Yeah, that’s when I shifted over from using the square format to a Leica. And that was really Brodovitch in a way. When he gave me a job at The Bazaar, it was photographs I had taken with the Rolliflex that he looked at. He said I can use you in the back of the book in a section called ‘Shopping Bazaar’. In Switzerland they teach you well. I knew how to mix the developer and the chemicals and how to re-touch a photograph. The guys that worked there didn’t know. But it made me unlearn it all very quickly.

But it was useful knowing it so you could unteach yourself?

It was very useful to know because then you could really enjoy something that was on the other side. But I did one other story about the Welsh coalminer.

How did you meet him? Was he picked for you as a character?

No, I went to look for one.

Was the series a tribute to Bill Brandt who had also done some pretty phenomenal coalminer photographs? They were so black, like mezzotints.

I was very influenced by Bill Brandt. I knew all his photographs and I went to see him in England. So it was certainly to do with that. And I was lucky to find a guy and I lived with the family. I had Pablo then. It was interesting.

There’s something about the thoroughness of that work that must have come out of the circumstances of its making. It doesn’t seem like a quick body of work.

I lived with another family and then I went to photograph him and he was a very nice man. These Welsh people. Somehow I liked the difficulty and the cold. They were really, really poor. Mabou is luxury compared to how he lived.

Didn’t you say at one point, “I like difficulty and difficulty seems to like me?”

Maybe it’s more about chaos. I like a certain disorder; then I can find something in it. I’m like the crows who pick food out of the garbage. They get the good pieces. You don’t have to go the easy way and there are no shortcuts. I don’t believe there are shortcuts so maybe that has to do with the difficulty.

Is it a question of putting resistances in your way? Do you consciously search out contexts or situations in which those difficulties would be guaranteed?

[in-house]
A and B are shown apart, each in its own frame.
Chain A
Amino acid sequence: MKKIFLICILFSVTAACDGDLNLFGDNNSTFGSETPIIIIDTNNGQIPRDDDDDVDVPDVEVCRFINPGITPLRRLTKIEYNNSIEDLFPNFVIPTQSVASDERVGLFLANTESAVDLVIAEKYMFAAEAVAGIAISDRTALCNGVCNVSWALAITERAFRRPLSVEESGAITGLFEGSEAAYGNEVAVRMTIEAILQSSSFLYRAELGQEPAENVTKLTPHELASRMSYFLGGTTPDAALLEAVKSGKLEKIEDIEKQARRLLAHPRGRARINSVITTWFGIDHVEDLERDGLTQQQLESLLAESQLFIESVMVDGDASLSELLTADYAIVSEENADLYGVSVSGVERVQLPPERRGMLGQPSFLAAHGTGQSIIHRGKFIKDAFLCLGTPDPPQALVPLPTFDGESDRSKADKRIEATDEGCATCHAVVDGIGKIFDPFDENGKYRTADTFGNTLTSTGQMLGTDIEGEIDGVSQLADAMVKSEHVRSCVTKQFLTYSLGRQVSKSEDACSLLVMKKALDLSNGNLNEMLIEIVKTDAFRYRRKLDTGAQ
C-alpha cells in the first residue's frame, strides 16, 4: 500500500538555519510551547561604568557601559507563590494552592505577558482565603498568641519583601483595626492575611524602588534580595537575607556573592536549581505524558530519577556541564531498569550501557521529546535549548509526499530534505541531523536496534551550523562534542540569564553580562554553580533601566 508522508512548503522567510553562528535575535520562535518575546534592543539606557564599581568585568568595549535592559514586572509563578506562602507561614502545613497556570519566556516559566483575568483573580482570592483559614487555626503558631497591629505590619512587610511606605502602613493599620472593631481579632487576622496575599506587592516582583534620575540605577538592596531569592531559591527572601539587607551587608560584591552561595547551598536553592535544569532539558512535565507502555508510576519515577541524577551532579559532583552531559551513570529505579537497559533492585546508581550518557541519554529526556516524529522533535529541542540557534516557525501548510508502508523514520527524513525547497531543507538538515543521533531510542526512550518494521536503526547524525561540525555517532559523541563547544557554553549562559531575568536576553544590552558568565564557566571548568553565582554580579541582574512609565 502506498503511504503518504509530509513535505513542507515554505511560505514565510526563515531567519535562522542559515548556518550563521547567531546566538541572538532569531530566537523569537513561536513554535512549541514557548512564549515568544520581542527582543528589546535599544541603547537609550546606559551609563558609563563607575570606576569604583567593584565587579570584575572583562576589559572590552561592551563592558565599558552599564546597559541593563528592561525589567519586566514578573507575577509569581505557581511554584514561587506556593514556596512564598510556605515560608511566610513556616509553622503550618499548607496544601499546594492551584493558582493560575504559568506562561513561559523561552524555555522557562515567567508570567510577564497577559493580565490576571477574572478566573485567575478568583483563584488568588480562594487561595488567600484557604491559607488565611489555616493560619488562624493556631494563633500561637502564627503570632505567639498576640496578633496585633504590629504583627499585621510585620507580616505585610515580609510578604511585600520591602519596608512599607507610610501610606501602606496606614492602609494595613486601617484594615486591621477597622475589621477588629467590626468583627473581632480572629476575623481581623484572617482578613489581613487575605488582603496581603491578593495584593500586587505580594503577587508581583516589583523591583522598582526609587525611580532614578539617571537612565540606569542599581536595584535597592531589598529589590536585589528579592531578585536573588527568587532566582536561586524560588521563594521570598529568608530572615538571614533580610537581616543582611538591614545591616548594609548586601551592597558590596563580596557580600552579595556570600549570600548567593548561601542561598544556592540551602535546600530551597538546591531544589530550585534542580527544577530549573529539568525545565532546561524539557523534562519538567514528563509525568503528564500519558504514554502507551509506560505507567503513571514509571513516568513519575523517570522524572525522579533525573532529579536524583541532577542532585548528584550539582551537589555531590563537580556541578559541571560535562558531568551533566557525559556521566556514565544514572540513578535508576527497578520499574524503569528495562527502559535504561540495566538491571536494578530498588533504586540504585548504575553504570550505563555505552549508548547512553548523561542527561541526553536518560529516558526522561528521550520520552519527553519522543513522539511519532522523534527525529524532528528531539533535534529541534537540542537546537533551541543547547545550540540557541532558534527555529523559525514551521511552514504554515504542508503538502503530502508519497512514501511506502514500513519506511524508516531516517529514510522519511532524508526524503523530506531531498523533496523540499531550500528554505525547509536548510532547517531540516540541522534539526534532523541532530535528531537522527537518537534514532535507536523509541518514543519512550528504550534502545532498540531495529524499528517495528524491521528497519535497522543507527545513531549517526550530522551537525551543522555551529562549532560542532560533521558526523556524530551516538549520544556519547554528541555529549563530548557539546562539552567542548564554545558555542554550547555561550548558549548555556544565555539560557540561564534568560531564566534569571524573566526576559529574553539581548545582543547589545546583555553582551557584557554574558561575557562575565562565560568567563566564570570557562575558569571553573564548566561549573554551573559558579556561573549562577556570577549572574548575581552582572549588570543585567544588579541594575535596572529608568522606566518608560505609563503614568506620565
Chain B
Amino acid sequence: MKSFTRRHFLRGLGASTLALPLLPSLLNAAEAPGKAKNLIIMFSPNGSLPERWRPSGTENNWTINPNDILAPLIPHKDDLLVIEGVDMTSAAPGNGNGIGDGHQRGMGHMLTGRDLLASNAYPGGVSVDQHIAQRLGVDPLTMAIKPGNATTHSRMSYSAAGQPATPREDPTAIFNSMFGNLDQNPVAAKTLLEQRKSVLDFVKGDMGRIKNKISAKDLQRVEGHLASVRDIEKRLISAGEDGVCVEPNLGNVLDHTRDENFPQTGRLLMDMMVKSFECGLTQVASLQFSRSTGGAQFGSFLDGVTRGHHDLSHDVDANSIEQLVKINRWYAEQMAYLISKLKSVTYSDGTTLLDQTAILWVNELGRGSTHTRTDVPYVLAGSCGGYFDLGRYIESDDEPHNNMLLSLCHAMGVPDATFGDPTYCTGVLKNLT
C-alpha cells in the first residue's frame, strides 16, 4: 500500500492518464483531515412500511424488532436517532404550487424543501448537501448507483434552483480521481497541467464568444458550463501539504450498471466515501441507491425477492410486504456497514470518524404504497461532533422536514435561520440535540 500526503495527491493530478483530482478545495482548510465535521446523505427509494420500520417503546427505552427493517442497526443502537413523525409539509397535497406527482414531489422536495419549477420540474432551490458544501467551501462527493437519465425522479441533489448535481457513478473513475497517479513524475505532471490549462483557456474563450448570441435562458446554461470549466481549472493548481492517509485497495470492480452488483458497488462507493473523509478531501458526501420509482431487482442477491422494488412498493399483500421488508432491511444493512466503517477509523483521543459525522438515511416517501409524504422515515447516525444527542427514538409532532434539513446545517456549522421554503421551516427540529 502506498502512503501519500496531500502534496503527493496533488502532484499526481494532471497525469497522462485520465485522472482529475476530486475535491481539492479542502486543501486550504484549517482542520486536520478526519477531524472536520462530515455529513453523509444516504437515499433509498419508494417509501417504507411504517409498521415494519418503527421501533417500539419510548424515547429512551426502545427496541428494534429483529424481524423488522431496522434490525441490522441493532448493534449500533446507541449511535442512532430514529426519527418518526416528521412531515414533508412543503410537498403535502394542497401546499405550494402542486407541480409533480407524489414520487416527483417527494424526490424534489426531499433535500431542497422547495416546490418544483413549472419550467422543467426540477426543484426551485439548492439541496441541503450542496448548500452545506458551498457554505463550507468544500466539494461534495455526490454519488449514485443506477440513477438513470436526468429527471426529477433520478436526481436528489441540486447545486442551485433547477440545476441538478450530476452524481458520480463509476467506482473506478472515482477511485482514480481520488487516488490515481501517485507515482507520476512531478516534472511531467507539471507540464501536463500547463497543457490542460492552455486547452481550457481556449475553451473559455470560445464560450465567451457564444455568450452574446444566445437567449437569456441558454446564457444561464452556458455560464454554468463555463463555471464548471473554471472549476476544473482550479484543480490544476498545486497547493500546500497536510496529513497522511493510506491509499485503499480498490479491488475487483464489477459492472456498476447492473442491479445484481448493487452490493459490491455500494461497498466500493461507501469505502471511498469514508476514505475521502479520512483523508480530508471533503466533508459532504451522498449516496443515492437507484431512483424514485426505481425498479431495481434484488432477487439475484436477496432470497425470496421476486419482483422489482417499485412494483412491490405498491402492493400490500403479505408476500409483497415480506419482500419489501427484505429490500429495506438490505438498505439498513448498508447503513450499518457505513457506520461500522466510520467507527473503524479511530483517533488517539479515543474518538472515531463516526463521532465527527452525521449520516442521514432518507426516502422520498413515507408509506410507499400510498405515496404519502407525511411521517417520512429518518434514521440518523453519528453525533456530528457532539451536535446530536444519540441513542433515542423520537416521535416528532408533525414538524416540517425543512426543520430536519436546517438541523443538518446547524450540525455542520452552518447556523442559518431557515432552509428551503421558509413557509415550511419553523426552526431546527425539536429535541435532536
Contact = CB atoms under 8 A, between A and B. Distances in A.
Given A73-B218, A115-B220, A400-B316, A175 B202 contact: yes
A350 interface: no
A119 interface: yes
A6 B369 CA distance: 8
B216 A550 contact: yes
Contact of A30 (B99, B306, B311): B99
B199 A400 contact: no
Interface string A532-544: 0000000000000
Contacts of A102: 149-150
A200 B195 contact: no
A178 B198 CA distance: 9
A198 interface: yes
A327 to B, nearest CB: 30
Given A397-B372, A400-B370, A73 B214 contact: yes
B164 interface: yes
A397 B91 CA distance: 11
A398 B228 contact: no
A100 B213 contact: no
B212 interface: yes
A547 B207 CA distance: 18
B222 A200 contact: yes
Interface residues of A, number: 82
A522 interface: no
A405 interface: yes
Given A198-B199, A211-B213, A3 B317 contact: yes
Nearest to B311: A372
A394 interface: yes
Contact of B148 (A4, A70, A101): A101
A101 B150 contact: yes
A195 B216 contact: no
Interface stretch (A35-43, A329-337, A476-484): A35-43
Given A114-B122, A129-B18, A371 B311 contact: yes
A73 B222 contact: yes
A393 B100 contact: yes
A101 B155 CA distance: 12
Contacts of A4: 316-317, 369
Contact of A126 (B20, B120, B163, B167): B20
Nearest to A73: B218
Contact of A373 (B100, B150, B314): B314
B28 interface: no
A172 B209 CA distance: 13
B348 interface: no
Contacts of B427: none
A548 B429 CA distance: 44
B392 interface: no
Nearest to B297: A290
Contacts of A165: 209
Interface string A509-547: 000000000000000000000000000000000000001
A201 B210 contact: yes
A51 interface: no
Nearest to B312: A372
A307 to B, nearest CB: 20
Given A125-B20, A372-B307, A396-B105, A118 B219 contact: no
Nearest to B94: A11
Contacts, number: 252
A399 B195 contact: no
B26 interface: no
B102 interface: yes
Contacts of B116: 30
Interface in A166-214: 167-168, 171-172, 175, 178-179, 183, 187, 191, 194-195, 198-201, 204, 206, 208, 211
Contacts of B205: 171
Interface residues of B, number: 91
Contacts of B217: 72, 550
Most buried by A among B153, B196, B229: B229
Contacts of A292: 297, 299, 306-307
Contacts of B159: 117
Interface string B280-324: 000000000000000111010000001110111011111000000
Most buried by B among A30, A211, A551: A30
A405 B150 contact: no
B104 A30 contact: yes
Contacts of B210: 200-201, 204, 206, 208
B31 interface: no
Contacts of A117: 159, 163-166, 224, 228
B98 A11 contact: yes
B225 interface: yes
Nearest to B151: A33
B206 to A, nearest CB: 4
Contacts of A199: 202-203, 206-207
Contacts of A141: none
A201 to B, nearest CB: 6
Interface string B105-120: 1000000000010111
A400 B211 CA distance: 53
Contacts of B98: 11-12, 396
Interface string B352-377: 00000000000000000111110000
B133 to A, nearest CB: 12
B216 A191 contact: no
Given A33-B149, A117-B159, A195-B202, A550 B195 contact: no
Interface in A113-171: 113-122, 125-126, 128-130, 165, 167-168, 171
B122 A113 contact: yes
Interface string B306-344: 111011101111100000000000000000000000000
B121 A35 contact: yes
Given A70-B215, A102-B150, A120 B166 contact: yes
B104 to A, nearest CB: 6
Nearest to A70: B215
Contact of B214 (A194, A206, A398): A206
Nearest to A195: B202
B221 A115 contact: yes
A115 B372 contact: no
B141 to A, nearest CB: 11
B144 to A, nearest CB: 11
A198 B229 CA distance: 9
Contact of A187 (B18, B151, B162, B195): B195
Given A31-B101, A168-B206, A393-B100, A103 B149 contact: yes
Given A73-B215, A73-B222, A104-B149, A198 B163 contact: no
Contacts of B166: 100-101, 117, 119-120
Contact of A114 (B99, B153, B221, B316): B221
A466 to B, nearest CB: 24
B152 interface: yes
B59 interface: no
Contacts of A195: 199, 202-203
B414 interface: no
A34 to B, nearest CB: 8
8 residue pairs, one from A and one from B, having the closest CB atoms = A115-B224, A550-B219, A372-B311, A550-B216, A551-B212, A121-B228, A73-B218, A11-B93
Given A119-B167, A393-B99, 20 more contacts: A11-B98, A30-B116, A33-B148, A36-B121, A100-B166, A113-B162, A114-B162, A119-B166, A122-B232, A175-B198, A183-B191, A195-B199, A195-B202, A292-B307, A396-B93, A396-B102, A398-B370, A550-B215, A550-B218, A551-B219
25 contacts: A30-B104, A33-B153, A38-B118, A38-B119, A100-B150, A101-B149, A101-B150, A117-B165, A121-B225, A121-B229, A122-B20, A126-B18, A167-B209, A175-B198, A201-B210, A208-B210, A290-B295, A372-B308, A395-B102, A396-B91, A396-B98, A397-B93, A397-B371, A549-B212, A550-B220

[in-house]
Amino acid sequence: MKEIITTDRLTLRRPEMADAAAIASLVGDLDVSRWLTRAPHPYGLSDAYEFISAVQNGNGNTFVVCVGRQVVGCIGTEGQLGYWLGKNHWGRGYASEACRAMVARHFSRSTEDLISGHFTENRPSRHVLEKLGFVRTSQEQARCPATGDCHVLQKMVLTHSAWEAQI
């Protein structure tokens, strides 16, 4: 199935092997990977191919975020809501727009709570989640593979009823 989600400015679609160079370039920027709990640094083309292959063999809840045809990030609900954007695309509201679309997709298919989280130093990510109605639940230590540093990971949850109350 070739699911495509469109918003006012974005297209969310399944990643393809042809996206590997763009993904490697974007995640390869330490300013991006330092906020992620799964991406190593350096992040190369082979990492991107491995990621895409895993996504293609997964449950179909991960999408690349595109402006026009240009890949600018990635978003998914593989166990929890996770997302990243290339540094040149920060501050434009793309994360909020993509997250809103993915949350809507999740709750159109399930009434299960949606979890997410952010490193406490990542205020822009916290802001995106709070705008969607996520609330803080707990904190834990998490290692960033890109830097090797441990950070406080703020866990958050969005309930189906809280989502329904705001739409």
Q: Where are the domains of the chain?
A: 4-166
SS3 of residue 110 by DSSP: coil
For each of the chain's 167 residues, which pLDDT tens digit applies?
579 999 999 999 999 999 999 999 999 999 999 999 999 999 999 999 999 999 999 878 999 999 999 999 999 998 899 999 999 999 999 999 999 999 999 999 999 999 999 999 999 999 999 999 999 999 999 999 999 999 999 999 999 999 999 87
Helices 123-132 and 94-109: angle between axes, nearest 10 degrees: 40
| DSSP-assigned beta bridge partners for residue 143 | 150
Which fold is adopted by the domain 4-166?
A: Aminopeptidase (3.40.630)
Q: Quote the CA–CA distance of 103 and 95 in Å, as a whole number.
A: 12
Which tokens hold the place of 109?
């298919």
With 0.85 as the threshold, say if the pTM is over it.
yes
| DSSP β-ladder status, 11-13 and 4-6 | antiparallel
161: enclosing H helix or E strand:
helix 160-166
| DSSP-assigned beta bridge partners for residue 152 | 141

Making films is that way. The only film that I didn’t succeed in finishing was with those two women in Cairo. I knew it would be difficult. Usually I persevere and can manage, by a hair, to save the whole thing and put something together. But this time it was too much . . The two women…

Was it because of them that it was too much?

Yeah. It wasn’t because of Egypt, it wasn’t because of Arabs, it wasn’t because of “the Jew.” It was simply the two women.

Do you know the lines from Yeats, “‘Tis certain that fine women eat a crazy salad with their meat , whereby the horn of plenty is undone.” You got caught inside a Yeats poem.

Well, it was a good experience. But people that are beset by their own difficulties have a hard time putting together what they want to put together. I don’t mean materially. The guy that I made this film for was a very rich man. Not just money but endless amounts of money. He was totally insane, but I was fascinated by this guy who was so untalented and who would go around the world making a film for millions of dollars. He was an impossible man. He still calls me sometimes. But it was complete insanity. I don’t think he knew who he was. It was comparable to the Rolling Stones tour that was also about money and power. But with the Stones there was talent, there was a performance—despite all the dope, there was some kind of normality.